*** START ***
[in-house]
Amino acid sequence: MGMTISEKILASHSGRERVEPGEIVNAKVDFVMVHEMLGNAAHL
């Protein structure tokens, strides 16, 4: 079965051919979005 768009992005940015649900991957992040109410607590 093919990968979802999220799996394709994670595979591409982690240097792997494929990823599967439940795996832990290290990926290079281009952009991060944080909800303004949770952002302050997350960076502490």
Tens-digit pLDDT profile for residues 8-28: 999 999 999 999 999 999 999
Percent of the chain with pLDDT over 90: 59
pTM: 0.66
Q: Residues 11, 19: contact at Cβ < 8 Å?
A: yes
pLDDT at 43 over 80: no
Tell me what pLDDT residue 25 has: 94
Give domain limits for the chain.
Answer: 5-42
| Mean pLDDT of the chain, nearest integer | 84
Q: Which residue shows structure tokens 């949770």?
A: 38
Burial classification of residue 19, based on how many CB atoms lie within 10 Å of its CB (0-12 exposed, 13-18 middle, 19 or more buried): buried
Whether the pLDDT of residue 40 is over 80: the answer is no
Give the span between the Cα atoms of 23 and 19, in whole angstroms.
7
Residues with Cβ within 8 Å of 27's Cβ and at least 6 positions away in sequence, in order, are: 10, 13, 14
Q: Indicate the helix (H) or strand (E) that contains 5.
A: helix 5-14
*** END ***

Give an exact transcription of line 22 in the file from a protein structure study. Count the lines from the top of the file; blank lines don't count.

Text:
A: helix 5-14